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There’s something so infatuating about Wordle, and I’m not the only one who feels this way. In a matter of months, Wordle has garnered millions of daily users. I started playing Wordle in early January, and it’s quickly become a part of my morning routine that’s of equal importance to brushing my teeth. Obviously, I have quite an affinity for the word game, and here are the reasons why: 

  1. The simplicity of the game 

Wordle itself is a new game, but it isn’t re-inventing the wheel of word games. Once a day, users have six opportunities to guess a five-letter word. The letter tiles will appear green if they are in the word and in the correct position, yellow if they are in the word but in the incorrect position, and gray if they are not in the word. 

  1. Understated user interface 

The simple Wordle website is intuitive, making it approachable to users. The understated user interface of Wordle also allows the game to speak for itself. It doesn’t need flashy colors and designs to appeal to users like Candy Crush. 

  1. Shareability 

After you complete your game of Wordle, the website gives you the option to share your attempts and final score with your friends, without revealing the word of course. My friends and I share our scores with each other every day which helps us stay connected, especially in long-distance friendships. 

  1. Scarcity

Wordle is limited in the fact that users can only play once a day, and that’s what makes it so addictive: You always want to come back for more. I find myself thinking about tomorrow’s Wordle before I fall asleep because I genuinely look forward to playing it every day.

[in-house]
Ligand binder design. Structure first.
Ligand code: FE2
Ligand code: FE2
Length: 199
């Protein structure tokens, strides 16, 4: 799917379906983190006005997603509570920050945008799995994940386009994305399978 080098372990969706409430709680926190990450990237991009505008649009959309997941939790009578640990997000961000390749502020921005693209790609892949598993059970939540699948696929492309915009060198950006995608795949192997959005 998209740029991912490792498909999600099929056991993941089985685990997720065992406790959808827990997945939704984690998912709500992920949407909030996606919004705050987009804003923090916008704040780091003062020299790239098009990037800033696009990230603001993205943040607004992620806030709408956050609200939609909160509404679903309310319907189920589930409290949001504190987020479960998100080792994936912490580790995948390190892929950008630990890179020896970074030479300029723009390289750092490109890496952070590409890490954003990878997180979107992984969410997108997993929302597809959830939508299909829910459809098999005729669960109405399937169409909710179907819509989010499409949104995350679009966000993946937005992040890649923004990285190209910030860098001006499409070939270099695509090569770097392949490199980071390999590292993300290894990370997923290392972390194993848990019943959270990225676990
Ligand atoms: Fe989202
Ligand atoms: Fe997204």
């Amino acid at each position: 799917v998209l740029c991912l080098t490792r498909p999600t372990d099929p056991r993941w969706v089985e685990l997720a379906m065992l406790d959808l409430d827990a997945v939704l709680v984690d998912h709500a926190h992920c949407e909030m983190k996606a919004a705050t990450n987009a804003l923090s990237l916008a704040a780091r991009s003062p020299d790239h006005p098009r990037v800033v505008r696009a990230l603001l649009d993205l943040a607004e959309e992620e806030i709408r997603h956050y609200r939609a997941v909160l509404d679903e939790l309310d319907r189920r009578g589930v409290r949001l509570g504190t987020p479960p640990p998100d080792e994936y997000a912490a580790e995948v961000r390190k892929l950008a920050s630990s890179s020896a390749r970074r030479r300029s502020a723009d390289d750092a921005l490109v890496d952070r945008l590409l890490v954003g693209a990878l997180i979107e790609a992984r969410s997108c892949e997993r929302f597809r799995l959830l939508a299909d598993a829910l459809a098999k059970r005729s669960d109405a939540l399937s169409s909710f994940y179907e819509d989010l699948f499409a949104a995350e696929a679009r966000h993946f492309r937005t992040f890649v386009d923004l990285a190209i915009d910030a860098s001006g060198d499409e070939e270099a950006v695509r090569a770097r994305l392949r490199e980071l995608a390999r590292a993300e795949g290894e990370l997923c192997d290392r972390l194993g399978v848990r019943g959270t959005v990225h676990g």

1. Adorable Origin Story 

Wordle itself was a labor of love—creator Josh Wardle developed the game as a gift for his partner. Wordle’s sweet and humble beginnings make it even more special to me. 

While I have such a strong love for Wordle, I’m not so sure how to feel about The New York Times’ acquisition of the game. Not to say that I’m not a fan of NYT’s games, I also play the daily Mini Crossword and Spelling Bee, but I’m wary of the platform putting Wordle behind a paywall. An unsung quality of Wordle is its accessibility, as anyone with Internet access can play the game. Games like Wordle can make learning and practicing English fun, and by putting the game behind a paywall, people are denied access to such. 

The Times has yet to release a date for when they will launch Wordle on their Games platform, so until then, users can play for free, and we’ll have to wait and see how NYT’s acquisition impacts the popularity of Wordle. 

Kendall Foley

Conn Coll '24

Kendall Foley is a sophomore at Connecticut College majoring in Philosophy and pursuing a Pathway in Data, Information, and Society. At Conn, Kendall plays for the women's water polo team and is an intern in the Office of Student Accessibility Services. In her free time, you can find Kendall open-water swimming, baking, or spending time with her family.
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